Do you ever see a design that just feels right but you can’t put your finger on what makes it so great? Well here’s a breakdown of things every designer should know to make their design fabulous. I chose this email from Sur La Table to dissect as an example. I thought the design was well done overall. So let’s dig in!
From: Sur La Table
Subject Line: Our Holiday Gift Shops are ready — take a peek!
You want to weave the subscribers’ eyes through the design — over each product and down the page. There are many ways to create flow from staggered products, angled images, or added graphics. Sur La Table used a numbered list to zig-zag your eye through the page.
CALL TO ACTION
No email is sent without a purpose. Make sure it’s clear to the subscriber as well by making your call to action clear and present. Make it pop on the page and keep the copy concise and specific. This email isn’t the best example of this, but it’s not bad. The call to action is a nice contrasting red to the light grey background, but a colored box could have helped it stand out a bit more. Spoiler alert: I’ll have another blog coming soon all about call to actions!
Color can be a great way to add flow and interest to your design. You can stagger colors (just like images) to create flow. In this email for example, the white is used as negative space. The dark brown curves your eye around the section. Color can also be used to unify sections and products. If you notice all the imagery in the first section sets a grey tone. The secondary section is primarily reds and browns. It helps to separate the sections and makes the product feel like they belong together.
Again, you don’t want to confuse subscribers about the focus of the email. Without a sense of hierarchy, you will lose their interest. Make sure sections are clearly defined, sized appropriately, and don’t try to cram too much into one email. Although Sur La Table’s primary and secondary sections are fairly equal in size, they are clearly separated and defined. They use extra white space between the messages and placed the secondary headline in a color bar. I love the addition of the arrow to tie the headline with the products and draw your eye down.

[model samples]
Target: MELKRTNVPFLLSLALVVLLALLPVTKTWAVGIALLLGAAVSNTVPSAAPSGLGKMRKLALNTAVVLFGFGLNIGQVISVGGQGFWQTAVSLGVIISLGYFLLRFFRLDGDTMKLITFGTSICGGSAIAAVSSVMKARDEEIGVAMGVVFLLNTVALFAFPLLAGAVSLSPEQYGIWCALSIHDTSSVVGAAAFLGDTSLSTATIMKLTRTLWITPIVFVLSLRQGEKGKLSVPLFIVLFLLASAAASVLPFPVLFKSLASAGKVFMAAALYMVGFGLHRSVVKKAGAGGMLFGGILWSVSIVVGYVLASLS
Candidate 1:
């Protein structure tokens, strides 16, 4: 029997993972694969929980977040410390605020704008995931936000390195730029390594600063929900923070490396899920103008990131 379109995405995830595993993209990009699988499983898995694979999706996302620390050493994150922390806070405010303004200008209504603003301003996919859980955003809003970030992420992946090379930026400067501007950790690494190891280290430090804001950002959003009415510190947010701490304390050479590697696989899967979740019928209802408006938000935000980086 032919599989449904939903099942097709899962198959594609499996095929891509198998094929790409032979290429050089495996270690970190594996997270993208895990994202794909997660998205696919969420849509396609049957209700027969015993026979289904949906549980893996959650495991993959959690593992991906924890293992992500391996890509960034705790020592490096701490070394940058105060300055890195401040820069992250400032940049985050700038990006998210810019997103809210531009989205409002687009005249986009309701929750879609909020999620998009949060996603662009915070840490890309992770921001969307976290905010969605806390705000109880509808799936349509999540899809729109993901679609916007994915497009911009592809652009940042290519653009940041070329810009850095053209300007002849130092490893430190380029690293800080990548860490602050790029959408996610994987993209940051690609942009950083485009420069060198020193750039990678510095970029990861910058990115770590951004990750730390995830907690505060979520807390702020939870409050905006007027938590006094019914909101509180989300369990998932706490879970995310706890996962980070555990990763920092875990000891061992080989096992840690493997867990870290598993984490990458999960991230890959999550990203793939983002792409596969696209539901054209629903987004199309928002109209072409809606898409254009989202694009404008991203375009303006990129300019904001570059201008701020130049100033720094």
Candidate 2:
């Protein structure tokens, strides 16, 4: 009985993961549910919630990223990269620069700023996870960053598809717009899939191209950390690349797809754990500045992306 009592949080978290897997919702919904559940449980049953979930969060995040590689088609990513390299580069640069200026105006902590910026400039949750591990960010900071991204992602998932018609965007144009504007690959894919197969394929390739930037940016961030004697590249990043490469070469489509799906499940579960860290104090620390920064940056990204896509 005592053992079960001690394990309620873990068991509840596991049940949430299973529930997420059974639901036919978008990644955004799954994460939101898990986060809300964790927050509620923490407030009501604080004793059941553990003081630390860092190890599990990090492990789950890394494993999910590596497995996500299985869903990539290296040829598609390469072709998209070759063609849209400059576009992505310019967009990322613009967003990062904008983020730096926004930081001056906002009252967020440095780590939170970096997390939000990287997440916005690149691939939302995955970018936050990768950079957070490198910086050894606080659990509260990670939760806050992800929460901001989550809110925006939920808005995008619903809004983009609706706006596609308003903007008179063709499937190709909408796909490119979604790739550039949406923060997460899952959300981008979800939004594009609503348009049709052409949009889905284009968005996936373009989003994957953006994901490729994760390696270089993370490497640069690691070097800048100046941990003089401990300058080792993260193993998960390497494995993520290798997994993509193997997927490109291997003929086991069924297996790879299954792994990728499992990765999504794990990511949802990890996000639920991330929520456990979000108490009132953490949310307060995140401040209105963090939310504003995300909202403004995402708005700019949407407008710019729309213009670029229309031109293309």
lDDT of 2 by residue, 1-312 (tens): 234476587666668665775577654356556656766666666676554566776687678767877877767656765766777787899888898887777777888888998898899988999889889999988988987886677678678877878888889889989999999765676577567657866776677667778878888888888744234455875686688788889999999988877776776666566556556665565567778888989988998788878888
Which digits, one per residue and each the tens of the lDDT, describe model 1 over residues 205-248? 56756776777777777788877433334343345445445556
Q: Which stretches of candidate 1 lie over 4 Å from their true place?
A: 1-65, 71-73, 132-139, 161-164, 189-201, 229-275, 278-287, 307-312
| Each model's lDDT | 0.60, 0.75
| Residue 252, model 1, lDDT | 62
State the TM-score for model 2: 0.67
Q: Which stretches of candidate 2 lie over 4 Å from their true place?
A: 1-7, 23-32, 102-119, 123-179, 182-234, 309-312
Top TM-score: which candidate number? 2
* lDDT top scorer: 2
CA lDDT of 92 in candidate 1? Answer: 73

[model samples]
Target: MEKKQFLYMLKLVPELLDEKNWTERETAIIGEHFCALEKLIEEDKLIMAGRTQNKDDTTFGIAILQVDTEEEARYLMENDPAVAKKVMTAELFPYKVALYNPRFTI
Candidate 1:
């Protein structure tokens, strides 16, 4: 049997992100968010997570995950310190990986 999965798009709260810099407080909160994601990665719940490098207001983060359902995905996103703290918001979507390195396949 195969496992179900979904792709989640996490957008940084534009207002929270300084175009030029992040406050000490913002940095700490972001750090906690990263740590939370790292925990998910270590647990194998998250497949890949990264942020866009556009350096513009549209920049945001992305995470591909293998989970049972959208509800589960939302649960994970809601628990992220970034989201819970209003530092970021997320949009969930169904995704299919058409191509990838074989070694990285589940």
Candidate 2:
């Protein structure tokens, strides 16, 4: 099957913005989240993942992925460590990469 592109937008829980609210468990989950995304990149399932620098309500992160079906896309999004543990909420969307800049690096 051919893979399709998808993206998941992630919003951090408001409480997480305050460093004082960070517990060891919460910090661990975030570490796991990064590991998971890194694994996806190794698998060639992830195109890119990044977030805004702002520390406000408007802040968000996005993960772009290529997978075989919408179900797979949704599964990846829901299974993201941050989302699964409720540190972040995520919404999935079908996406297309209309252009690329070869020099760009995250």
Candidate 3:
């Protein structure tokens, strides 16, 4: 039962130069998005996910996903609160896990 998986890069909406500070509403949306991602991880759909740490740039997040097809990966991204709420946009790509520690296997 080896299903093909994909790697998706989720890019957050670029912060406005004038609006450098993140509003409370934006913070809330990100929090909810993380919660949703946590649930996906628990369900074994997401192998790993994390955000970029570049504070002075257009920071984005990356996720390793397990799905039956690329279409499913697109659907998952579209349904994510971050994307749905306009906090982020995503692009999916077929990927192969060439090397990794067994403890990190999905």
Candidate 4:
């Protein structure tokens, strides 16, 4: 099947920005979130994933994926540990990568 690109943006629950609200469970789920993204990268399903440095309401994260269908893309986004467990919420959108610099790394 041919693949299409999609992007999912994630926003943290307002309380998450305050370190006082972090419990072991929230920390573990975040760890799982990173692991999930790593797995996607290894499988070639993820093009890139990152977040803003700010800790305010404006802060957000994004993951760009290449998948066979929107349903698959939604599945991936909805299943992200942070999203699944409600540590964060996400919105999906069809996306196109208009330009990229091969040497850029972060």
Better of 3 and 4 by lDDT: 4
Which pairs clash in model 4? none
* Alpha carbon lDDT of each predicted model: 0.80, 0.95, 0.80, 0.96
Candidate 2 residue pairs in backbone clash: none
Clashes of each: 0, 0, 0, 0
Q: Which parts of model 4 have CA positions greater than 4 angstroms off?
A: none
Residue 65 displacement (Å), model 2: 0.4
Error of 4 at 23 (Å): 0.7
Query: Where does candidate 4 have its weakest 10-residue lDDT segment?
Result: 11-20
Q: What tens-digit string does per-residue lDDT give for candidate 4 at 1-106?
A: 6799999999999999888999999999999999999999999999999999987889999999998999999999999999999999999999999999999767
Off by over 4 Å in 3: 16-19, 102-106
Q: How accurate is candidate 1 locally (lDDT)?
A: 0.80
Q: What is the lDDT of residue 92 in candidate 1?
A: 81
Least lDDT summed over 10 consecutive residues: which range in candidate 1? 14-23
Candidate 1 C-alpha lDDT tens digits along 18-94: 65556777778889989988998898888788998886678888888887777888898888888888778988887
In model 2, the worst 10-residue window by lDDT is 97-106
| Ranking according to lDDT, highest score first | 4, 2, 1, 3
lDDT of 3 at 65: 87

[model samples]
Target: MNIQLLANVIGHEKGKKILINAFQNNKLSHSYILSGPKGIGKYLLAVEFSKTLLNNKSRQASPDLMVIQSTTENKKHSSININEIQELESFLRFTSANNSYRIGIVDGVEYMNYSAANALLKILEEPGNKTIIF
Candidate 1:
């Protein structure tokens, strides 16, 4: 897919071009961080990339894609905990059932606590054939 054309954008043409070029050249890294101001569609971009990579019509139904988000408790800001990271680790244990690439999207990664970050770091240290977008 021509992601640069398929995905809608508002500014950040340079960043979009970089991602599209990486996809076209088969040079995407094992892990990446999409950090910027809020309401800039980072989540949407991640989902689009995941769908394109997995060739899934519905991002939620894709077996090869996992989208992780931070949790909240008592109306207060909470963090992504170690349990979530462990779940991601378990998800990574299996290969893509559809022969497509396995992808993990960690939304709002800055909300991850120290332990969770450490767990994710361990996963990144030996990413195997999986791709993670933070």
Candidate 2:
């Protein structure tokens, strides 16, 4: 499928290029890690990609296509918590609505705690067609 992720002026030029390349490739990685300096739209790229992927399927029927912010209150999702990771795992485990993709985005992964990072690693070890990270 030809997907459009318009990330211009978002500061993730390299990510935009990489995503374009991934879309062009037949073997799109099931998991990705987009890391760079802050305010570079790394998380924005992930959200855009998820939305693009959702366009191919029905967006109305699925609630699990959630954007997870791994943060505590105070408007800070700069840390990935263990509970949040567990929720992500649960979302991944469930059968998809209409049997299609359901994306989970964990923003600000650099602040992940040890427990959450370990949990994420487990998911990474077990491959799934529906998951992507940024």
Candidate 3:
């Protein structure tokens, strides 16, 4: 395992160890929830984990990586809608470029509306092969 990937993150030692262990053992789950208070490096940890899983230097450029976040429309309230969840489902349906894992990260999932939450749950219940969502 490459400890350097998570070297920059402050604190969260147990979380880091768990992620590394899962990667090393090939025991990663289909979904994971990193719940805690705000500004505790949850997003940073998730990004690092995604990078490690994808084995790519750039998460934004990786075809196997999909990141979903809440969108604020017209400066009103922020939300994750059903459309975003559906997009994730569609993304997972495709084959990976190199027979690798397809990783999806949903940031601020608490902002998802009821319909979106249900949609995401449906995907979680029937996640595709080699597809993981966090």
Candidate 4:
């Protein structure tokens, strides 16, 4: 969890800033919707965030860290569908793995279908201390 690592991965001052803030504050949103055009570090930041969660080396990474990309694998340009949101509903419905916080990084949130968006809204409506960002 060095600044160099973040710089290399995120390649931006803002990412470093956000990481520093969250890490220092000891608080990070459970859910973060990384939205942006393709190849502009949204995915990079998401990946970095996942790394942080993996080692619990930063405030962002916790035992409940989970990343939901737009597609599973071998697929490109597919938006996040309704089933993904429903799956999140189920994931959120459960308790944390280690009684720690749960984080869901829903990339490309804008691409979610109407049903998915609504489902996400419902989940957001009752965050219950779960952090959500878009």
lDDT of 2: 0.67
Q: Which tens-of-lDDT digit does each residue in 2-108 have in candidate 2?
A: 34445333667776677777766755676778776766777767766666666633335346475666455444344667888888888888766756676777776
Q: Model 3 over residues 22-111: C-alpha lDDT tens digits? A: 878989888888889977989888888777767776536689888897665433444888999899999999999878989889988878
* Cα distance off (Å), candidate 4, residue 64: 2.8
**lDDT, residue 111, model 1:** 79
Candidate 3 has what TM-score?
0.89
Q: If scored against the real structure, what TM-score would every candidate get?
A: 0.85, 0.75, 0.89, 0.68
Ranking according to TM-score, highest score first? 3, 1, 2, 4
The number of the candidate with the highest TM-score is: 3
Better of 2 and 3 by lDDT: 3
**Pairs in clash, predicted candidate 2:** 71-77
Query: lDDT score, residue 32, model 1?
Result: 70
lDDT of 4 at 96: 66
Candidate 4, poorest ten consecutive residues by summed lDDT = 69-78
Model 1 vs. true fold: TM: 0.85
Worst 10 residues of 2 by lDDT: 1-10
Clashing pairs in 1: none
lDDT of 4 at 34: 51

Time for me to get a bit OCD on you. Sometimes image and text groupings just click. They feel right but it may not be obvious why. Well, here’s a big tip for you. Place every object with equal balance and purpose. And I don’t just mean aligning your copy. Look at the space that surrounds the copy vertically and horizontally. Is it equal? What about the space that borders the entire hero? Now that you’ve seen it, it can’t be unseen. I’m sorry and welcome to my world.
I created an animated gif below (a before and after), showing how I would modify this hero. I made the following adjustments:
- Centered the call to action to the headline
- Centered the grey body copy
- Moved the call to action up so that the space below the button was equal to the space above the headline
- Moved the stocking image right so that the space to the left and right of the headline was equal
Doesn’t that just feel a little bit better? It’s all in the details. No one will measure the pixels in your design (other than me), but when it fits, the design simply feels complete.
Whenever you get the chance, break out of the box. Find unique ways to add interest by using things like graphics, textured backgrounds, fun image borders, animations, etc. Sur La Table added a little value with some curved text and a fun font.
The last thing I want to mention is content does matter. The wrong copy and/or imagery can really kill any design. If the copy is too wordy or bland, subscribers will lose interest. It’s also hard to get bad imagery to work. These can be real struggles for a designer since content is usually handed to them. But when you see an opportunity to make an improvement, pitch your idea! Support your claims of why it’s a good idea. Show an example of working copy from a competitor or take the time to find some stock imagery that might be suitable. They just might be appreciative of the new perspective.
So there you go! Every email is a piece of art just waiting to happen, so get creative and go rock it!